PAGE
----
One of North Yorkshire’s most historic and beautiful villages, Rosedale Abbey, is celebrating after becoming the first village in the North York Moors National Park to gain Walkers are Welcome status.
It’s the latest of over 80 towns and villages nationwide to join the innovative community-led scheme, which aims to highlight areas which have demonstrated real commitment to making visits from walkers as enjoyable as possible.
Rosedale Abbey, located roughly midway between Pickering and Castleton, is famous for its spectacular views and wild walks, some of which are already highlighted on the village’s website here.
As part of the Walkers are Welcome initiative, locals are also being asked to identify their own favourite walks in the area for upload to the site.
To gain the status, village representatives had to undertake a challenging application process to prove their commitment, including measures taken to maintain existing walks in good condition, and facilities available to visitors.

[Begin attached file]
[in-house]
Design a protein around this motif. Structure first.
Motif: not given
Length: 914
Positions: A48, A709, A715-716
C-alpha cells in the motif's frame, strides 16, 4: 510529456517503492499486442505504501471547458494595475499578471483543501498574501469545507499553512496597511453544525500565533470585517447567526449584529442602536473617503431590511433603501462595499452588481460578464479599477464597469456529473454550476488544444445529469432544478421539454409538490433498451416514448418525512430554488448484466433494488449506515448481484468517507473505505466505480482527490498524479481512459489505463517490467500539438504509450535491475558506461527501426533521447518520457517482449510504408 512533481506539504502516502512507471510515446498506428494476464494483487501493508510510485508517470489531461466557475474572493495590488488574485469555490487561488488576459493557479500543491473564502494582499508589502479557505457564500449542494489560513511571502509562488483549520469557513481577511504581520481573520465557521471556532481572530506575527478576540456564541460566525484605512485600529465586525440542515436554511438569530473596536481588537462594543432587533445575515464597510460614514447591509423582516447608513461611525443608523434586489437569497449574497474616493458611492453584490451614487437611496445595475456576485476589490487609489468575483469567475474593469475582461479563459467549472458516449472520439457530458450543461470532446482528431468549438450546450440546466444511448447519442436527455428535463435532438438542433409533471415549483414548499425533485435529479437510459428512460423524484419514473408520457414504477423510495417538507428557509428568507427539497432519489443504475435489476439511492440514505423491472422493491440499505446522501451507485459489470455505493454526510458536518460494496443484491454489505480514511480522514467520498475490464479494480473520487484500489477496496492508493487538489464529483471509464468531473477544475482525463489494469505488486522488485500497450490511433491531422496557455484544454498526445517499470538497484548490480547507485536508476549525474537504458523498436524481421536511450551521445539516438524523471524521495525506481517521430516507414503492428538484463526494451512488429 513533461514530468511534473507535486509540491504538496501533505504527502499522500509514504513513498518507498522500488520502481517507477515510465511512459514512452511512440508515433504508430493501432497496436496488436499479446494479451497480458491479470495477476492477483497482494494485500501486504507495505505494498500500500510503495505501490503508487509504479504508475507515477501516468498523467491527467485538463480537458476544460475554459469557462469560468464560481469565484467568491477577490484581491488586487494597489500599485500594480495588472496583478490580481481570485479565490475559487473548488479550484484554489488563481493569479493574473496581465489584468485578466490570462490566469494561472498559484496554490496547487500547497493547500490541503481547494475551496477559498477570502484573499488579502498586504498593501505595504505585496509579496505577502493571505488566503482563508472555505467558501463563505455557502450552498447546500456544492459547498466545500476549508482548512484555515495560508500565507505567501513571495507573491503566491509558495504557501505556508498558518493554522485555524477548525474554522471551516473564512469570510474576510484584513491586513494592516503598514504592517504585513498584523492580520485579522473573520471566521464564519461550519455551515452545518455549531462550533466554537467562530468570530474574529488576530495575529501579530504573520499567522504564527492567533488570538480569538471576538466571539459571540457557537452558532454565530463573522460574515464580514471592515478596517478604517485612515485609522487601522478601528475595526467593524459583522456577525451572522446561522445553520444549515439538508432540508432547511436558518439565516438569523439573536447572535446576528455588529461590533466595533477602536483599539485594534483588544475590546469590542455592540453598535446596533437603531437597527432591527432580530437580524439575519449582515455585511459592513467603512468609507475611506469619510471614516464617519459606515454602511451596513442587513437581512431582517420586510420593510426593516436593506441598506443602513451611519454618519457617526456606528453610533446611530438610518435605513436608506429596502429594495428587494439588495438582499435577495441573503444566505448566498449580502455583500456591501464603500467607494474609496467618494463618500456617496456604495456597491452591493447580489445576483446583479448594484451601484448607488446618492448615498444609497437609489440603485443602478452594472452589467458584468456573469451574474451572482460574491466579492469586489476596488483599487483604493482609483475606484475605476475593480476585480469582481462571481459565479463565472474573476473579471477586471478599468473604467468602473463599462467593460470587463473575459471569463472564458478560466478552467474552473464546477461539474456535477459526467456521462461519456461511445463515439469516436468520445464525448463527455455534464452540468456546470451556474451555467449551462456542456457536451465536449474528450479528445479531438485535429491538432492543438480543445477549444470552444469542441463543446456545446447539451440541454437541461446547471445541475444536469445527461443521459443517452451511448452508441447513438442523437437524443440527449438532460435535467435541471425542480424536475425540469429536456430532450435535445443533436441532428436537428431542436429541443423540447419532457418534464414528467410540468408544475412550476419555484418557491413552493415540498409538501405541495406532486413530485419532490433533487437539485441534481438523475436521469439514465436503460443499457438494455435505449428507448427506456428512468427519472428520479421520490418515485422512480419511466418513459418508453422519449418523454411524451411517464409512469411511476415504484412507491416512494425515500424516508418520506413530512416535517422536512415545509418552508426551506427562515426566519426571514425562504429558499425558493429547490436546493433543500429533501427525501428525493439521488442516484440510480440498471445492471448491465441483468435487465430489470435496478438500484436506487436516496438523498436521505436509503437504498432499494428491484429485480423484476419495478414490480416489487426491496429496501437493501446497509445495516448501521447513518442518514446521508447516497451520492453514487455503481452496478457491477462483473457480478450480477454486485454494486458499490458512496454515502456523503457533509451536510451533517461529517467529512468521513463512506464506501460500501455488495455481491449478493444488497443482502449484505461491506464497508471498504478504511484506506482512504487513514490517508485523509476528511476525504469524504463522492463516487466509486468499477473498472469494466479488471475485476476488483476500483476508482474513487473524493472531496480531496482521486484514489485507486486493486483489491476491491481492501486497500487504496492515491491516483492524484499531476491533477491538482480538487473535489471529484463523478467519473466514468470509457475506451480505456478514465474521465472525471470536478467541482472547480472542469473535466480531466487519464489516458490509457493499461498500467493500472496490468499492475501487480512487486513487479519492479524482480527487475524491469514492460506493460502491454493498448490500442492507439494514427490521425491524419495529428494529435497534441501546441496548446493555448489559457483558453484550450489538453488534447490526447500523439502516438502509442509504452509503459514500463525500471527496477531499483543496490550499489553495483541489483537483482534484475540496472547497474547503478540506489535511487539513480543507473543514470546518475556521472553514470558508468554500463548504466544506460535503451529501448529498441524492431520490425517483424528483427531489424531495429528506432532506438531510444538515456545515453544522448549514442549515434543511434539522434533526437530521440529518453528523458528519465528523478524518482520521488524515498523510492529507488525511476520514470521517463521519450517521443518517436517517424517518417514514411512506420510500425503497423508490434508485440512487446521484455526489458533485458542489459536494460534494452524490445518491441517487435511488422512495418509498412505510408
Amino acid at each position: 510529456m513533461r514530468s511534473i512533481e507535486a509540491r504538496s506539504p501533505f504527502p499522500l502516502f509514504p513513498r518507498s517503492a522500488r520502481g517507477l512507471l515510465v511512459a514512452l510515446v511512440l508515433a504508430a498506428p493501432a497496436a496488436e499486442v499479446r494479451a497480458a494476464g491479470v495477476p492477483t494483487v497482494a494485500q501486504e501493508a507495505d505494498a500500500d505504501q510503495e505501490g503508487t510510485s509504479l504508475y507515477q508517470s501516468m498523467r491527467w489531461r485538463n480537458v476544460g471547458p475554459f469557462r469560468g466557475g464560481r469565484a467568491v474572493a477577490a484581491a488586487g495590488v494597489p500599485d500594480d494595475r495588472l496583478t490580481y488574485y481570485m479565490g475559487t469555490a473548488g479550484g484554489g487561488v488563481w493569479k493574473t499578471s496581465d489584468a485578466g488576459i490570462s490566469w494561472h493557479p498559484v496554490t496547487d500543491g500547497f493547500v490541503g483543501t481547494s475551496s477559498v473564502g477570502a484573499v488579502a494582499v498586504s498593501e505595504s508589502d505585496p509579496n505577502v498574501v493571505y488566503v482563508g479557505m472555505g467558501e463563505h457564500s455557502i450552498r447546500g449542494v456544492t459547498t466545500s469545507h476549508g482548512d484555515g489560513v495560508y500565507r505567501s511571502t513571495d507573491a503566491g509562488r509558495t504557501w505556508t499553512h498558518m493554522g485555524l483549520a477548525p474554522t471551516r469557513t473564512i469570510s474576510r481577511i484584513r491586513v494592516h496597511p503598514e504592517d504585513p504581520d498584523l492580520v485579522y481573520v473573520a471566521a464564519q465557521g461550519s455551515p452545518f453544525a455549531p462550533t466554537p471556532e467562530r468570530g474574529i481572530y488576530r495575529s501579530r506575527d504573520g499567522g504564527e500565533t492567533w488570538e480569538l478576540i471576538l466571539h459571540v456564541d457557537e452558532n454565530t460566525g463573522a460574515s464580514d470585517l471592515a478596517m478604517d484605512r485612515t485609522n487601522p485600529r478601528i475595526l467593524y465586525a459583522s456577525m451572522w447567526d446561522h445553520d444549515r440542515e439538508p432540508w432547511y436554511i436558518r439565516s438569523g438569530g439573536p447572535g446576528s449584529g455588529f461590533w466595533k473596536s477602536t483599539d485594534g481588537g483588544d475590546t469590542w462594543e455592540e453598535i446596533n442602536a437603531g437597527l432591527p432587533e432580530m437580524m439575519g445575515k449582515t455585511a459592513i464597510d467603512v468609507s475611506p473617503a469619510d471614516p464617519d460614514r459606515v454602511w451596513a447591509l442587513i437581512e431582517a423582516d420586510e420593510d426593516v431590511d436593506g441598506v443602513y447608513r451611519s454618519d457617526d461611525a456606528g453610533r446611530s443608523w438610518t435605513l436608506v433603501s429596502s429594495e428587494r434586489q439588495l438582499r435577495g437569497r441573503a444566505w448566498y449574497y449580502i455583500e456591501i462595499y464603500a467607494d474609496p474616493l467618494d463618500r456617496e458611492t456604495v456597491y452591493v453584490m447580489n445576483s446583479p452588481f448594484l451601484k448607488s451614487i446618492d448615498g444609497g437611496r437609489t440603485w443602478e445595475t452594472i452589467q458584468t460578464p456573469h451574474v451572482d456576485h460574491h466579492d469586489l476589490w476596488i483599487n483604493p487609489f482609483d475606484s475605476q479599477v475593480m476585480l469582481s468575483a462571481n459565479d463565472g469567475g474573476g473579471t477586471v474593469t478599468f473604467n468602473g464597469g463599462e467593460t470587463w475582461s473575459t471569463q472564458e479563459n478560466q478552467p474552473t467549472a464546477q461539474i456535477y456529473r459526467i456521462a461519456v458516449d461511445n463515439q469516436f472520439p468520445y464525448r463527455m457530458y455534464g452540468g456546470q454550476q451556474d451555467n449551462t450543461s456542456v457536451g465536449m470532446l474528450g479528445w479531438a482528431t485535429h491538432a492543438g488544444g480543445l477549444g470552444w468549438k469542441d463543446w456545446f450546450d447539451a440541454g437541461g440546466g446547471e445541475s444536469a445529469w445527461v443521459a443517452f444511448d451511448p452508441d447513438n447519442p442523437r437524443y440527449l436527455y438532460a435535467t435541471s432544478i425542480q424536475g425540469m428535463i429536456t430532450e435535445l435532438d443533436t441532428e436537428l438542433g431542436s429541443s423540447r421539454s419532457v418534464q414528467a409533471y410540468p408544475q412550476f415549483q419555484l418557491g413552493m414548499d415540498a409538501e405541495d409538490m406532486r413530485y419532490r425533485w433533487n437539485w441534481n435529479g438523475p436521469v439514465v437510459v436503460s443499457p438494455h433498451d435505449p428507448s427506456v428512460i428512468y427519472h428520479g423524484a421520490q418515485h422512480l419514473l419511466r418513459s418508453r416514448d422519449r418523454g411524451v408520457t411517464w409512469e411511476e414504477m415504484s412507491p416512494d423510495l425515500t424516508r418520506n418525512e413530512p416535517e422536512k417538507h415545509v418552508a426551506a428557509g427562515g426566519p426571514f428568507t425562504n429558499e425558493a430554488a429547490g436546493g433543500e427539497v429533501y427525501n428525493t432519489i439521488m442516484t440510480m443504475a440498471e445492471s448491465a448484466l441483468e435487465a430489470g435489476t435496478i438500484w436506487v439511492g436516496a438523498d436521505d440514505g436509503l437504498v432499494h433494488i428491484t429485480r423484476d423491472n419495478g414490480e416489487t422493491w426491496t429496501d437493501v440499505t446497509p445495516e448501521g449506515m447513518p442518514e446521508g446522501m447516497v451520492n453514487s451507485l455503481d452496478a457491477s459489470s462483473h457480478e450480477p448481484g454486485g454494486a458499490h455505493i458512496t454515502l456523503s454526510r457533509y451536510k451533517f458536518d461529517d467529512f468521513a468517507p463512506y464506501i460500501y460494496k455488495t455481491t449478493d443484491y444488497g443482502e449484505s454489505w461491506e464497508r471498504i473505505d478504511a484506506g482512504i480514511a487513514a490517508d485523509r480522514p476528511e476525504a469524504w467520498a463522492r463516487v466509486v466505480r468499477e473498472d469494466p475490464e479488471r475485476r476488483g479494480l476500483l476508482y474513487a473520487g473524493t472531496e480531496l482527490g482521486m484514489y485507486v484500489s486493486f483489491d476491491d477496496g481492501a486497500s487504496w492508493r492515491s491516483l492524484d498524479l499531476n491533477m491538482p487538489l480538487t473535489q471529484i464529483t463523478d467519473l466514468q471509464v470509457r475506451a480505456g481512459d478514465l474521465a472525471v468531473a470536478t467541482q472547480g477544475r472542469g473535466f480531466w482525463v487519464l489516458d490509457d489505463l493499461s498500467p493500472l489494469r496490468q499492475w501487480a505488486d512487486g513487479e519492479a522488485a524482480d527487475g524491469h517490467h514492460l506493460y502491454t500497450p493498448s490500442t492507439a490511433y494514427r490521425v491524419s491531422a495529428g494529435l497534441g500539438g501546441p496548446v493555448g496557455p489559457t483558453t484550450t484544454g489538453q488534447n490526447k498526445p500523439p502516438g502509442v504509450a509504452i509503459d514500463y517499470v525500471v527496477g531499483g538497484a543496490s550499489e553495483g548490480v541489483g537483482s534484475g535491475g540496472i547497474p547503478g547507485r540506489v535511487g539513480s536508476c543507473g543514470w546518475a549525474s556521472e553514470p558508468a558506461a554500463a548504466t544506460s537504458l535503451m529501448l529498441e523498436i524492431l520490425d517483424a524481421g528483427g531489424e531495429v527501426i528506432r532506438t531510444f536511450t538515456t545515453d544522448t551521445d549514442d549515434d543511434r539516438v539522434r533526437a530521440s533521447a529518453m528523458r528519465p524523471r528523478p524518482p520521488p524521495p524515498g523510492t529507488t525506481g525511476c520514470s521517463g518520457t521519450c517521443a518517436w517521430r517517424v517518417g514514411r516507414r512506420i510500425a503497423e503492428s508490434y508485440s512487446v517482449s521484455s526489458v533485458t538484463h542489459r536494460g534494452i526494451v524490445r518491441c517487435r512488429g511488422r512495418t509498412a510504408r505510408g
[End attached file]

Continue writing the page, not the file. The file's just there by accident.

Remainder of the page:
The village is aiming to promote the scheme with a special stand at the annual Rosedale Show in August, which regularly attracts over 6,000 visitors, and a walking festival later in the year.
Catriona McLees, the North York Moors National Park Authority’s Head of Promotion and Tourism, said: “Visitor surveys show that walking is by far the most popular activity in the North York Moors, be it a short stroll or a longer hike up hill and down dale. Rosedale has plenty to offer all abilities and I’m sure this award will encourage many more to discover the wonderful walks that start from the village.”
Maisie Storey, of Rosedale Parish Council, said: “We want to share the secret of Rosedale Abbey. We’re surrounded by spectacular countryside and a huge variety of landscapes from moors to woodlands to deep rich farming valleys, with walks to suit all ages and experience, with many still undiscovered and unspoiled areas.
“Rosedale also has much historical interest as well as its rich industrial heritage: many of the trod and pannier ways are still evident and available to walk.”